Intelligence committee senator said he plans to introduce bill to block expansion to ‘rule 41’ on warrants for suspects who hide their location, set for December
The US Congress has seven months to block a potentially massive expansion of the government’s ability to hack into suspects’ computers.
At the FBI’s request this week, the supreme court ruled that federal judges should be able to issue hacking warrants to federal law enforcement for anywhere in the US if the suspect has tried to hide their location, as criminal suspects are wont to do.
Additionally, the FBI could get authority to infiltrate any computer – regardless of the owner – if it has already been taken over by bad hackers.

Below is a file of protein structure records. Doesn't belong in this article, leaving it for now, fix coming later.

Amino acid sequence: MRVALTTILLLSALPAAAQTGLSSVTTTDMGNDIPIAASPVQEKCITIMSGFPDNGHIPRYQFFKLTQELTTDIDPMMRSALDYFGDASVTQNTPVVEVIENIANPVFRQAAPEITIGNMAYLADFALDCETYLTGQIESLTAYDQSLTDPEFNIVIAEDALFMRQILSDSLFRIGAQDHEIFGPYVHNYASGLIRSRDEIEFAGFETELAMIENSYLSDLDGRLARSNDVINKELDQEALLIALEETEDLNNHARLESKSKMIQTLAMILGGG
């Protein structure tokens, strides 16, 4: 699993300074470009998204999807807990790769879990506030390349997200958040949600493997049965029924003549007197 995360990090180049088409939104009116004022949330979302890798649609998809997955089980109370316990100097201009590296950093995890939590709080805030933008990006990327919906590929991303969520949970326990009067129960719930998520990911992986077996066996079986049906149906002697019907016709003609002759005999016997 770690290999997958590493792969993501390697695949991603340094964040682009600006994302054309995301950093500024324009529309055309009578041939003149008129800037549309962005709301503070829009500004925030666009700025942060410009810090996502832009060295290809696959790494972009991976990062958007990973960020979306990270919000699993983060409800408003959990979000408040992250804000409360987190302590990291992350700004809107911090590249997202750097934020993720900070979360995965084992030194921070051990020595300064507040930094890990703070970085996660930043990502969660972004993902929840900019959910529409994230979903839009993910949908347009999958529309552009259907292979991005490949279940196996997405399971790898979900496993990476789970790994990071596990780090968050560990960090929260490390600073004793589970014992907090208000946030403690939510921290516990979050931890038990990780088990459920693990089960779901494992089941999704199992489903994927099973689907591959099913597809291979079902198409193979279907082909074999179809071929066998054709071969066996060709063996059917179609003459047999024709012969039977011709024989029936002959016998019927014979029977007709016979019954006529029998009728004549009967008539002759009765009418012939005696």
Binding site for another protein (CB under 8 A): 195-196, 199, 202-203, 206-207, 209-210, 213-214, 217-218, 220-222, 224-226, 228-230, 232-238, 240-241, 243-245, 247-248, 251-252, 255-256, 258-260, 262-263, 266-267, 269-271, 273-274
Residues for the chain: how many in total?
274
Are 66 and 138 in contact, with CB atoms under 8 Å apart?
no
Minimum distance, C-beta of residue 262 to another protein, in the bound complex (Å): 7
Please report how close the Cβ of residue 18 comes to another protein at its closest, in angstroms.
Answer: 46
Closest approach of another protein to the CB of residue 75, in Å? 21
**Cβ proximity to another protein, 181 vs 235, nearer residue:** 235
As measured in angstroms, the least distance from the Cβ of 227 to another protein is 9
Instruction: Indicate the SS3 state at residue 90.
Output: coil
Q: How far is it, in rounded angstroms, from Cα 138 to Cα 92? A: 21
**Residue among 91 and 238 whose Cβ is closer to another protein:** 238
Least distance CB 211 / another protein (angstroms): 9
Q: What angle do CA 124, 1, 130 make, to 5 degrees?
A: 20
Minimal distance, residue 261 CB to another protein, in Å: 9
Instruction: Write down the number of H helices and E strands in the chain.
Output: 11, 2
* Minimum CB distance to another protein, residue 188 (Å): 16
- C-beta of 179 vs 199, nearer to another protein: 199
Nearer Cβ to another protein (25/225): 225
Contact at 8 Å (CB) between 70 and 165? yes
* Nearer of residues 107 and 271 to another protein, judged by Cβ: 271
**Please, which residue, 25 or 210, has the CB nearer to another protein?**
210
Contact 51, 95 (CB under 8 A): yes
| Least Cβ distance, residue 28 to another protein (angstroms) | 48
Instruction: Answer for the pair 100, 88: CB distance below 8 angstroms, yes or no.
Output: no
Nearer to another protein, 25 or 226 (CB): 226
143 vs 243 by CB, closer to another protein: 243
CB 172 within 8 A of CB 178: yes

The changes to so-called “rule 41” go into effect 1 December unless Congress acts to block them. The move has set up a showdown with Senator Ron Wyden, the most senior Democrat on the Senate intelligence committee, who is marshaling the opposition on Capitol Hill. He told the Guardian on Friday that he plans to introduce a bill blocking the court’s move.
The debate offers a unique window into the struggle to maintain America’s protections against unreasonable searches in the digital age.